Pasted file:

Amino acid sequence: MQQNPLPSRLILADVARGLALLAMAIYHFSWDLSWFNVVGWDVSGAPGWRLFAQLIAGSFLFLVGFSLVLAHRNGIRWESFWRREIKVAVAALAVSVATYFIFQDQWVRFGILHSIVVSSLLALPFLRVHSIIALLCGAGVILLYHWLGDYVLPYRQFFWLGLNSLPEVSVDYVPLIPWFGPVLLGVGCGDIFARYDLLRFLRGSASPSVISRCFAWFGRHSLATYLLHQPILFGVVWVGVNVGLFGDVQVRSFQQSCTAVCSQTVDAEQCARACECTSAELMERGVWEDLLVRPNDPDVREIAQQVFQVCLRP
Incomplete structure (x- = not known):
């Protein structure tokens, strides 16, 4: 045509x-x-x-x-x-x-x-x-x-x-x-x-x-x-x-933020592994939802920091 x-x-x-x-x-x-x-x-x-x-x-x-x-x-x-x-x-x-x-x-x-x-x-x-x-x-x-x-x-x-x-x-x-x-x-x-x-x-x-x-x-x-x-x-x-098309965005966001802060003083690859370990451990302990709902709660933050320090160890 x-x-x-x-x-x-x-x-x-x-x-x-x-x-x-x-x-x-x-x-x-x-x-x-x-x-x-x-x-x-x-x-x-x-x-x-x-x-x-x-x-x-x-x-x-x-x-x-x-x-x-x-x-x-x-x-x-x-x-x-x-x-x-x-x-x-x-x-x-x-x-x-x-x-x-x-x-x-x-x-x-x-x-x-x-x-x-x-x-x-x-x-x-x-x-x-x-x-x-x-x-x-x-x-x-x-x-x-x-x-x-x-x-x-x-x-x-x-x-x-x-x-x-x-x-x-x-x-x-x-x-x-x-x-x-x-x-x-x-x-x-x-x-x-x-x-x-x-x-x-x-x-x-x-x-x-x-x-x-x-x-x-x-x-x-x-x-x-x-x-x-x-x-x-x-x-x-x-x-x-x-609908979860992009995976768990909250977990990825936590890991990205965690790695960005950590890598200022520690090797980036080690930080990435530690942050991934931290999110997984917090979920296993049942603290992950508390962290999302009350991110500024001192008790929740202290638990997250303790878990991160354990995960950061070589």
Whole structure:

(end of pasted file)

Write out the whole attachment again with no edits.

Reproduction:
Amino acid sequence: MQQNPLPSRLILADVARGLALLAMAIYHFSWDLSWFNVVGWDVSGAPGWRLFAQLIAGSFLFLVGFSLVLAHRNGIRWESFWRREIKVAVAALAVSVATYFIFQDQWVRFGILHSIVVSSLLALPFLRVHSIIALLCGAGVILLYHWLGDYVLPYRQFFWLGLNSLPEVSVDYVPLIPWFGPVLLGVGCGDIFARYDLLRFLRGSASPSVISRCFAWFGRHSLATYLLHQPILFGVVWVGVNVGLFGDVQVRSFQQSCTAVCSQTVDAEQCARACECTSAELMERGVWEDLLVRPNDPDVREIAQQVFQVCLRP
Incomplete structure (x- = not known):
């Protein structure tokens, strides 16, 4: 045509x-x-x-x-x-x-x-x-x-x-x-x-x-x-x-933020592994939802920091 x-x-x-x-x-x-x-x-x-x-x-x-x-x-x-x-x-x-x-x-x-x-x-x-x-x-x-x-x-x-x-x-x-x-x-x-x-x-x-x-x-x-x-x-x-098309965005966001802060003083690859370990451990302990709902709660933050320090160890 x-x-x-x-x-x-x-x-x-x-x-x-x-x-x-x-x-x-x-x-x-x-x-x-x-x-x-x-x-x-x-x-x-x-x-x-x-x-x-x-x-x-x-x-x-x-x-x-x-x-x-x-x-x-x-x-x-x-x-x-x-x-x-x-x-x-x-x-x-x-x-x-x-x-x-x-x-x-x-x-x-x-x-x-x-x-x-x-x-x-x-x-x-x-x-x-x-x-x-x-x-x-x-x-x-x-x-x-x-x-x-x-x-x-x-x-x-x-x-x-x-x-x-x-x-x-x-x-x-x-x-x-x-x-x-x-x-x-x-x-x-x-x-x-x-x-x-x-x-x-x-x-x-x-x-x-x-x-x-x-x-x-x-x-x-x-x-x-x-x-x-x-x-x-x-x-x-x-x-x-x-609908979860992009995976768990909250977990990825936590890991990205965690790695960005950590890598200022520690090797980036080690930080990435530690942050991934931290999110997984917090979920296993049942603290992950508390962290999302009350991110500024001192008790929740202290638990997250303790878990991160354990995960950061070589």
Whole structure: